16.pharmacotherapeutic approach. Valacyclovir. has been shown to decrease the duration of lesions and pyrexia. is not commonly prescribed for otherwise healthy children. Pruritus can be treated with calamine lotion or pramoxine gel. A live attenuated varicella vaccine (Oka strain) was approved by the FDA in 1995 for prophylactic use in healthy children and adults. or oral antihistamines. Varicella-zoster immune globulin (VZIG) is indicated for use in highly susceptible. 18] Treatment in Healthy Children The symptoms of chickenpox in the pediatric population can be treated topically and with oral agents.[14. Treatment in Immunocompetent Adults Oral acyclovir should be considered for healthy persons at increased risk of severe varicella infections. 17. Oral acyclovir therapy in this population (800 mg 5 times/d for 7 d). Intravenous acyclovir therapy is recommended for patients who are immunosuppressed or immunocompromised. though shown to decrease the symptoms and duration of primary varicella infection when administered within 24 hours of onset of symptoms.[19] Given the high risk of varicella-related complications. children should be treated if any of the following conditions are a medical concern:        Defects in cell-mediated immunity Chronic atopic dermatitis Chronic asthma Iatrogenic immunosuppression Long-term systemic steroid use Splenic dysfunction Nephrotic syndrome Go to Pediatric Chickenpox for more complete information on this topic. begun within 24 hours of onset of symptoms. most notably patients older than 12 years. the L-valyl ester of acyclovir. powdered oatmeal baths. The nucleoside analogue acyclovir (20 mg/kg PO qid for 5 d). while reducing other symptoms and disease duration. VZVexposed immunocompromised or immunosuppressed populations. immunocompetent individuals. Valacyclovir is used in the treatment of herpes zoster. is a prodrug that has higher oral bioavailability than acyclovir. but no large-based clinical trials yet have demonstrated its efficacy in primary varicella infection of healthy. . 15.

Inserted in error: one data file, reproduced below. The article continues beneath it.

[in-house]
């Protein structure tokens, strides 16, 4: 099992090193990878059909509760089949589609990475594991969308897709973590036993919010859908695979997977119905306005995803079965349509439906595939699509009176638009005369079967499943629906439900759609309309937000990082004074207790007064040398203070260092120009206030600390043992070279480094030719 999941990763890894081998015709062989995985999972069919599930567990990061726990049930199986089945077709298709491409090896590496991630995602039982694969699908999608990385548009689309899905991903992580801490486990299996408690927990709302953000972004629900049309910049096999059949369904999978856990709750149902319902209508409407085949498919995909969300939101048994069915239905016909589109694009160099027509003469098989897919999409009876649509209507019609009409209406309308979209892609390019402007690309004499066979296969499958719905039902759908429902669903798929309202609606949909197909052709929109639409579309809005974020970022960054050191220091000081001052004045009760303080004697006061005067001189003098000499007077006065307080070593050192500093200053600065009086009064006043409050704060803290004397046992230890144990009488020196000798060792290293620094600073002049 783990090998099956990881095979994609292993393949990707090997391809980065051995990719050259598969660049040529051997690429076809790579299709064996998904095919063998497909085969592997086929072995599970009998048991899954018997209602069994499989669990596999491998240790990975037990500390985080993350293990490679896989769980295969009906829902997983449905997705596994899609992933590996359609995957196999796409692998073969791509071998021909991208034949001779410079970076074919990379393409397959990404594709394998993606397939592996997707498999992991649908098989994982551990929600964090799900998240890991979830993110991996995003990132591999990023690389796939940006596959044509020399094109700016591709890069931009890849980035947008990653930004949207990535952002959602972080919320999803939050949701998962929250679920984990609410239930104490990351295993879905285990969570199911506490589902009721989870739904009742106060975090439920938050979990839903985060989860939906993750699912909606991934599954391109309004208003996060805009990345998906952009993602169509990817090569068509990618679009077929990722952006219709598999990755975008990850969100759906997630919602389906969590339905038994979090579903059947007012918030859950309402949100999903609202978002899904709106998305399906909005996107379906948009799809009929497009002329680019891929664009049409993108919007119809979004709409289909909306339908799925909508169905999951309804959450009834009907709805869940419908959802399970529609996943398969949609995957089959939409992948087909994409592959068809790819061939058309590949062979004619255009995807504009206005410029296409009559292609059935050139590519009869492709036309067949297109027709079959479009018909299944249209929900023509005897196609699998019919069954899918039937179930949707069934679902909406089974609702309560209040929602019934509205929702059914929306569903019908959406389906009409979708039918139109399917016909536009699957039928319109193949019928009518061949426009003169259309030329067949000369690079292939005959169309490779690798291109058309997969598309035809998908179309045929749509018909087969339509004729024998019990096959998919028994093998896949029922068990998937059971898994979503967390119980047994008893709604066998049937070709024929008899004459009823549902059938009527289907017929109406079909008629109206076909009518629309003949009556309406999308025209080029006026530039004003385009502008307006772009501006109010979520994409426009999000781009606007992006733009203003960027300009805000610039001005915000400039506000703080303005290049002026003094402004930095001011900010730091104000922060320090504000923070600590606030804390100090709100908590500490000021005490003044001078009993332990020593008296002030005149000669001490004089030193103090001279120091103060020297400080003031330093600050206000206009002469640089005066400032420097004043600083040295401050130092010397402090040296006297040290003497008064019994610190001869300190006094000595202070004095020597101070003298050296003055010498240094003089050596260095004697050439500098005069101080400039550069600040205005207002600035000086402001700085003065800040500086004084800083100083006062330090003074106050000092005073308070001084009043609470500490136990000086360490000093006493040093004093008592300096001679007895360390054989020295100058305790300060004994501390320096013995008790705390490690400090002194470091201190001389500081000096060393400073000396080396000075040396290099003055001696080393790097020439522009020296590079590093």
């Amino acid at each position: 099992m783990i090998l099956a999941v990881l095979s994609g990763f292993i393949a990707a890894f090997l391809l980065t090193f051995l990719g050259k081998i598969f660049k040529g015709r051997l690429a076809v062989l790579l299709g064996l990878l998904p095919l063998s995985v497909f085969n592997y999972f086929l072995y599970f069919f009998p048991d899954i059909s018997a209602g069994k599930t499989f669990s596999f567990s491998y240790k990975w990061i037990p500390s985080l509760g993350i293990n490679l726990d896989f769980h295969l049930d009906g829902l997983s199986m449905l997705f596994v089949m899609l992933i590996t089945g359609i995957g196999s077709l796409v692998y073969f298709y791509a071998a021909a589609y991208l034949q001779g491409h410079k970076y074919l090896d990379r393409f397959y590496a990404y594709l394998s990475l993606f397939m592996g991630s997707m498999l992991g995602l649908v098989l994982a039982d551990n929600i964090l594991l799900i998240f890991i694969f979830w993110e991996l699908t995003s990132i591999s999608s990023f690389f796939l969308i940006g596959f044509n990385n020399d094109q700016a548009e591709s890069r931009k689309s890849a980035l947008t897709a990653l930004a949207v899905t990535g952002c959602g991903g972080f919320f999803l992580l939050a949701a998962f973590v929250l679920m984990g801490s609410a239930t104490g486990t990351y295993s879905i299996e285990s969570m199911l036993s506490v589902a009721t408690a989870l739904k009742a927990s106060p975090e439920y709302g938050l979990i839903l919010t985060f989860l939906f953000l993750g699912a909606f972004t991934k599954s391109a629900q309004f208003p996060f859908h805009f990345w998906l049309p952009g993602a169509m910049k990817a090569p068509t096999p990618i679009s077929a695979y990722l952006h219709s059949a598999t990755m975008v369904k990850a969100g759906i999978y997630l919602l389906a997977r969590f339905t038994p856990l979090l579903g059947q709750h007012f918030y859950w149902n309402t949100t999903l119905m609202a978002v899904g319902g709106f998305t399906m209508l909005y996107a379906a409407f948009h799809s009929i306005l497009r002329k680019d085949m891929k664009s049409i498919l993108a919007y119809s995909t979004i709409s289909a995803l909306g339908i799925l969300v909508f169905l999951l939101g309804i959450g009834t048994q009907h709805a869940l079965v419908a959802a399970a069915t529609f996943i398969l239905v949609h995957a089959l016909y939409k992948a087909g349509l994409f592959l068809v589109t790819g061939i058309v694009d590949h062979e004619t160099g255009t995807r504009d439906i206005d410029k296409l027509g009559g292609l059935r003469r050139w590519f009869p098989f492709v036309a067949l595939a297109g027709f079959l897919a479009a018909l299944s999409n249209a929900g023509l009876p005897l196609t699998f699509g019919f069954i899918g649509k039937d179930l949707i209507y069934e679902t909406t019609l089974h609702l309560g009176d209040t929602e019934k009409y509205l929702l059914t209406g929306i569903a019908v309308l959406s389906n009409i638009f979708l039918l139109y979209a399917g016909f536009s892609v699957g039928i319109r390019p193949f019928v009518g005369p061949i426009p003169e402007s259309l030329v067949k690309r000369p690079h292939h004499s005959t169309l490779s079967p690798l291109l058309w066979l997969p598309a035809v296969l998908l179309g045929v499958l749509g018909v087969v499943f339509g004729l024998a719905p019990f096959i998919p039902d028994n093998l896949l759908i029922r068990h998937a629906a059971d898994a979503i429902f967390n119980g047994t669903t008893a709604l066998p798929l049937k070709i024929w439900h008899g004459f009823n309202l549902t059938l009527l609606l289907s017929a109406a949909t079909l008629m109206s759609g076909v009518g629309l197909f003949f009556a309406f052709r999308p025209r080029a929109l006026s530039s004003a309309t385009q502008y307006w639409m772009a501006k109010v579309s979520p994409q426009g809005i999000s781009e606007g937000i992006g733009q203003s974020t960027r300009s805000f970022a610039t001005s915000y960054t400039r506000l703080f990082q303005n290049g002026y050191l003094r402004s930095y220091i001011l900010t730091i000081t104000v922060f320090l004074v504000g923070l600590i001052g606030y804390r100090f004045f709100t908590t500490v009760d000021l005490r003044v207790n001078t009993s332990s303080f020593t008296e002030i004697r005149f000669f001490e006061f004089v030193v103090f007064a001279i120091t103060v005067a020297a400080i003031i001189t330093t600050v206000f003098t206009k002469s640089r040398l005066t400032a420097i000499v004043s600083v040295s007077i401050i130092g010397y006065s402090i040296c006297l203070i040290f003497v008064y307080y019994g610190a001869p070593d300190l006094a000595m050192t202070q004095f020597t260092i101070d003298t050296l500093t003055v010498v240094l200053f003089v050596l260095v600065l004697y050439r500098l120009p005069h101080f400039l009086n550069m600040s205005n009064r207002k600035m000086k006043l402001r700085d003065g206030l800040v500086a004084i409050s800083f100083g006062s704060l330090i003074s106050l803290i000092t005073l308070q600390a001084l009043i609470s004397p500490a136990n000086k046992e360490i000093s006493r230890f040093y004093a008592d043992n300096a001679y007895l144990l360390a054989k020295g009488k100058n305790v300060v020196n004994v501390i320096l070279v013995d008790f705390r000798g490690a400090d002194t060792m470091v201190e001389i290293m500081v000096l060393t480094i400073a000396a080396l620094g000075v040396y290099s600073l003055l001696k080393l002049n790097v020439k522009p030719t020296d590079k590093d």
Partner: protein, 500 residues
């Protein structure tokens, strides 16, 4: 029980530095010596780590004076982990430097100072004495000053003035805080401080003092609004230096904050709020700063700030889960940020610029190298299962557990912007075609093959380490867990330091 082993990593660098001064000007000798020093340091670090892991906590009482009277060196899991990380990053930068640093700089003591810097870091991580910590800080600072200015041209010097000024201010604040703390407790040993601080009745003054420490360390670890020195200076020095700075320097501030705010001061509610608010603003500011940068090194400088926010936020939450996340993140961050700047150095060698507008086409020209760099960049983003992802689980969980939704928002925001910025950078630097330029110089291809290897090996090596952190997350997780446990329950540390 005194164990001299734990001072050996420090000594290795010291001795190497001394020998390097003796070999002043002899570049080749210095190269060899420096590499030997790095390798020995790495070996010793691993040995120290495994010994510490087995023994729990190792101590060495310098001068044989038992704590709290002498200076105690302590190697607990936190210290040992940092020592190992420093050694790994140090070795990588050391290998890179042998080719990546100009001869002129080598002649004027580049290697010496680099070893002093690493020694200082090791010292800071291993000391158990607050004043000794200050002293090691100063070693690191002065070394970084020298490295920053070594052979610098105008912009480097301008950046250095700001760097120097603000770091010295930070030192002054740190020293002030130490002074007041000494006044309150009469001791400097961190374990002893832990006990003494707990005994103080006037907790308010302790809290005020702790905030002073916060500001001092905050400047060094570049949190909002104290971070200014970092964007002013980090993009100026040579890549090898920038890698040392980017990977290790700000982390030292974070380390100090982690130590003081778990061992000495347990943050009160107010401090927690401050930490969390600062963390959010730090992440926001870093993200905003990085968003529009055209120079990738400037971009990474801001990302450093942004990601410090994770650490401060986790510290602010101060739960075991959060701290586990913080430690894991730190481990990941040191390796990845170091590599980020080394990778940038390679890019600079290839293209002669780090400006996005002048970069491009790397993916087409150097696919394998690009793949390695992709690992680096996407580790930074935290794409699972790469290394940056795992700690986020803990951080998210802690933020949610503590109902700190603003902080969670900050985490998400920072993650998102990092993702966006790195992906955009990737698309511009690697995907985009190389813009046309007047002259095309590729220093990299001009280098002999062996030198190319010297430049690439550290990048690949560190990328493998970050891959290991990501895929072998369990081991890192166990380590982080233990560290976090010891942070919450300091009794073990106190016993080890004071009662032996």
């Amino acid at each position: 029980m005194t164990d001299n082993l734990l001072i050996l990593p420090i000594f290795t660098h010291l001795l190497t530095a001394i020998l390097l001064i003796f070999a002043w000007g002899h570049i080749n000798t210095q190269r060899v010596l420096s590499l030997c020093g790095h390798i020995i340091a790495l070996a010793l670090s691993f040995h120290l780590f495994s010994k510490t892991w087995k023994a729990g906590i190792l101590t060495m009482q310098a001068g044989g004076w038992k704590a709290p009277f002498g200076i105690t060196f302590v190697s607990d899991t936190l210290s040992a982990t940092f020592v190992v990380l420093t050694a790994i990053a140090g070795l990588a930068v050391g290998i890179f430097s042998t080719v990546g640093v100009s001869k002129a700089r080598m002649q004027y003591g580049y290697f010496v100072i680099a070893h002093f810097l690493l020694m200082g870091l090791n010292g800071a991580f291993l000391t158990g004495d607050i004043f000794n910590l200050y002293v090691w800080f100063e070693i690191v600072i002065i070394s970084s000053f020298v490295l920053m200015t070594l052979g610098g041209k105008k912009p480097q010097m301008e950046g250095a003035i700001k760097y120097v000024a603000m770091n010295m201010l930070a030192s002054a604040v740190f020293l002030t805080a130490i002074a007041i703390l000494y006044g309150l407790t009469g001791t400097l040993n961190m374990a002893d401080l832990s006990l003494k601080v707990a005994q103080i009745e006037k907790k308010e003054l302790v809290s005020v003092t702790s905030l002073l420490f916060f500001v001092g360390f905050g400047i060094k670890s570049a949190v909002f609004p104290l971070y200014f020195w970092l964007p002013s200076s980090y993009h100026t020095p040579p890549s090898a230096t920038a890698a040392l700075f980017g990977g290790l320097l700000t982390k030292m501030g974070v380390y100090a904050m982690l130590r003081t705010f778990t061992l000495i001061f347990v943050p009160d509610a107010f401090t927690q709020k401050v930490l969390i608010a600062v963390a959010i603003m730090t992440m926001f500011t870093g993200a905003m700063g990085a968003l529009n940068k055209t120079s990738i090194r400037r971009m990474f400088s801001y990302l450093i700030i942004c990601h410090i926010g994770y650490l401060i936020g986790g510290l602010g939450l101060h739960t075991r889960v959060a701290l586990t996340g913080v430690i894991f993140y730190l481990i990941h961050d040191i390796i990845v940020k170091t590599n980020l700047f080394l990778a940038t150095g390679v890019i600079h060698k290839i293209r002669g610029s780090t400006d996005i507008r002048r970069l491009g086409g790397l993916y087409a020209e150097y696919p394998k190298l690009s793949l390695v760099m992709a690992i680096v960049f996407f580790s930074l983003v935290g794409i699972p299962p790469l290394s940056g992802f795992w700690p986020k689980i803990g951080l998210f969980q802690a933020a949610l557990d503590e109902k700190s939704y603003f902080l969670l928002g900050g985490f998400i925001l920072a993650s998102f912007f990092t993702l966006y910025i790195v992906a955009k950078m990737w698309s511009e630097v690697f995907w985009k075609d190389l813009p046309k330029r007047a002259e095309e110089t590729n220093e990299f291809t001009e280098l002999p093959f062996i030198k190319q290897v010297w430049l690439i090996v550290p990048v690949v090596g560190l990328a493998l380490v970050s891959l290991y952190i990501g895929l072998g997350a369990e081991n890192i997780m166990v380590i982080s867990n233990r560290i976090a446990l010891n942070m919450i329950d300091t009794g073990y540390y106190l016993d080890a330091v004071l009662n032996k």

and interferon-alpha to be effective in the treatment of primary varicella infection of immunocompromised hosts. Passive Immunization Varicella-zoster immune globulin (VZIG). a human immunoglobulin preparation. and hemorrhagic complications. . patients undergoing immunosuppressive therapy for transplant procedures. patients with congenital or acquired immunodeficiency syndromes.[20] Secondary complications (eg. a nucleoside analogue that is a potent in vivo inhibitor of varicella-zoster virus (VZV) replication. to be effective in the treatment of primary varicella in healthy adults. Treatment of primary varicella in these populations is difficult and necessitates an integrated team approach. bacterial pneumonia. Acyclovir-resistant strains of VZV have been reported in patients with AIDS. with the development of varicella pneumonia. Foscarnet. Case reports have described vidarabine. because of the life-threatening complications of primary varicella infection to which they are particularly susceptible.[21] Continuing research into new antiviral agents and ongoing clinical trials are constantly adding new information relative to the pharmacotherapeutic options in the fight against VZV infections. is indicated for use in highly susceptible. meningitis) caused by bacterial superinfection of cutaneous lesions with subsequent septicemia. Treatment in the Immunocompromised or Immunosuppressed Intravenous acyclovir therapy is recommended for patients who are immunosuppressed or immunocompromised. and infants born to mothers who experience onset of chickenpox within 5 days prior to delivery or within 2 days after delivery. and efficacy in primary varicella infection need further investigation. is a potentially efficacious drug in patients with acyclovir-resistant VZV strains. VZV-exposed immunocompromised or immunosuppressed populations. is much more common in this population than in other populations. an inorganic pyrophosphate analogue that acts as a selective inhibitor of viral deoxyribonucleic acid polymerases and reverse transcriptases. These populations would comprise. those with leukemia. encephalitis. A few case reports also have found sorivudine. famciclovir has demonstrated efficacy in the treatment of herpes zoster. Optimal dosage. hepatitis. are also more common and dangerous among those who are immunocompromised. which is a nucleoside analogue similar to acyclovir. duration of therapy. patients who have undergone bone marrow transplantation. Severe disseminated disease.Famciclovir is a prodrug of penciclovir. but it has not been extensively studied for use in primary varicella infection of healthy populations. Like valacyclovir. Larger scale clinical trials are needed to demonstrate the efficacy of this medication. a purine nucleoside analogue. for example.